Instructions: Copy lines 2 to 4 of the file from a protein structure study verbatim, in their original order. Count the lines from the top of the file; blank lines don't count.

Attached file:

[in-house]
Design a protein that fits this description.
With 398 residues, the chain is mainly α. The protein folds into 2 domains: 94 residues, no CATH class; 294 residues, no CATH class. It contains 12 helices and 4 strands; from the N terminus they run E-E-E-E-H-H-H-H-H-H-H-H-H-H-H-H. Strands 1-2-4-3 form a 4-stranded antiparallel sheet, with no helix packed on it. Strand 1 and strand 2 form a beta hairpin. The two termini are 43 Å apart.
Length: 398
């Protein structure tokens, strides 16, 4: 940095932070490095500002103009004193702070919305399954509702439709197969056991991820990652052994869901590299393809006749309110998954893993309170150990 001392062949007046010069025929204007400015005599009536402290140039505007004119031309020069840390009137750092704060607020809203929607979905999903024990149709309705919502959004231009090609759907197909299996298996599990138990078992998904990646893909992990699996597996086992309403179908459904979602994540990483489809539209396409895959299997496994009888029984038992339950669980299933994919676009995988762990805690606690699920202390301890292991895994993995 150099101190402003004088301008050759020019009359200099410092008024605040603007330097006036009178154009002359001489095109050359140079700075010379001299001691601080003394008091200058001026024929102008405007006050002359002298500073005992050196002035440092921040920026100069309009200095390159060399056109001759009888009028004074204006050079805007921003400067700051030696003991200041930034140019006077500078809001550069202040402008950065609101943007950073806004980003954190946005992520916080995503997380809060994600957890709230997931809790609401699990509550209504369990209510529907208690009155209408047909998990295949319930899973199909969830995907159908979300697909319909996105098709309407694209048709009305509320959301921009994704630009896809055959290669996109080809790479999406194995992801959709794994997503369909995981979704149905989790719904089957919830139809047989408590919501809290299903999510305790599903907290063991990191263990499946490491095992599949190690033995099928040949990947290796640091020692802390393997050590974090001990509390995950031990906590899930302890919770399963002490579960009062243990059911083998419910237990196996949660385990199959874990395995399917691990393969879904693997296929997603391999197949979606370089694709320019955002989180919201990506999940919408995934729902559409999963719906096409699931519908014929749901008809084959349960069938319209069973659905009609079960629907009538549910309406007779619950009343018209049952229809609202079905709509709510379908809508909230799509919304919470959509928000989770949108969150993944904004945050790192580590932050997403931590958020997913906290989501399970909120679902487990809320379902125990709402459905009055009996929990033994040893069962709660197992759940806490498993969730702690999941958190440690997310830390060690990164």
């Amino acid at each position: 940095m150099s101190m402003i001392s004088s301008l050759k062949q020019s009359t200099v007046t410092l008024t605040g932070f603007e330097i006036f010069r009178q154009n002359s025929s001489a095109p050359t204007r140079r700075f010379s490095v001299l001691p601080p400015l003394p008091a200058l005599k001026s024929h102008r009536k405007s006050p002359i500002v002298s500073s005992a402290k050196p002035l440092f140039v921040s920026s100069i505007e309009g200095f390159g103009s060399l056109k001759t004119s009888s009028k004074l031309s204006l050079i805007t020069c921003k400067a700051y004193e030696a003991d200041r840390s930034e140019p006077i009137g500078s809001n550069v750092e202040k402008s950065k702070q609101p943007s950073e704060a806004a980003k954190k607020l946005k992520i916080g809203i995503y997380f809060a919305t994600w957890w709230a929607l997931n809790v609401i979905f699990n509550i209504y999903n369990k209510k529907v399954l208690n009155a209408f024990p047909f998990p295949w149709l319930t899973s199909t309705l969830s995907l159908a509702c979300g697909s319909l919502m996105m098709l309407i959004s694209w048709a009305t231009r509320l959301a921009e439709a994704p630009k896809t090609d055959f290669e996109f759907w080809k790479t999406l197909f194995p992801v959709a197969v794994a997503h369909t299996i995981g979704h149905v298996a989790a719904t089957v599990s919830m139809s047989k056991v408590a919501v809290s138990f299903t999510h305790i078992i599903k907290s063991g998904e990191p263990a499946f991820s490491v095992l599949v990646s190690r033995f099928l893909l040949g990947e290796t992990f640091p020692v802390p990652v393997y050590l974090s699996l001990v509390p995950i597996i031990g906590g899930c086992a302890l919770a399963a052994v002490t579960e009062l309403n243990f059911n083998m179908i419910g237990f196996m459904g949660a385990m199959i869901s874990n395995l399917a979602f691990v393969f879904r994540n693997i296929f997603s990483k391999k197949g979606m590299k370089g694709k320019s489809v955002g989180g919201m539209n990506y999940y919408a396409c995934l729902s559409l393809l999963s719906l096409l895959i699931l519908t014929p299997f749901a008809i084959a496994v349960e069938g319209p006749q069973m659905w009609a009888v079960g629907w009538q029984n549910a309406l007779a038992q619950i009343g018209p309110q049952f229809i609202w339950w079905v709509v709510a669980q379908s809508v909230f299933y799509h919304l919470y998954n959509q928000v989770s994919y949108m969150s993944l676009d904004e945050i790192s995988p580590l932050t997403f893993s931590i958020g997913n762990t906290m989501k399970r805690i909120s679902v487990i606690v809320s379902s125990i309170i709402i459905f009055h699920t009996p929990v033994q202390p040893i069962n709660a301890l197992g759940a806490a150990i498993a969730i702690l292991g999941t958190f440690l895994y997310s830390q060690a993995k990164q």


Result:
Design a protein that fits this description.
With 398 residues, the chain is mainly α. The protein folds into 2 domains: 94 residues, no CATH class; 294 residues, no CATH class. It contains 12 helices and 4 strands; from the N terminus they run E-E-E-E-H-H-H-H-H-H-H-H-H-H-H-H. Strands 1-2-4-3 form a 4-stranded antiparallel sheet, with no helix packed on it. Strand 1 and strand 2 form a beta hairpin. The two termini are 43 Å apart.
Length: 398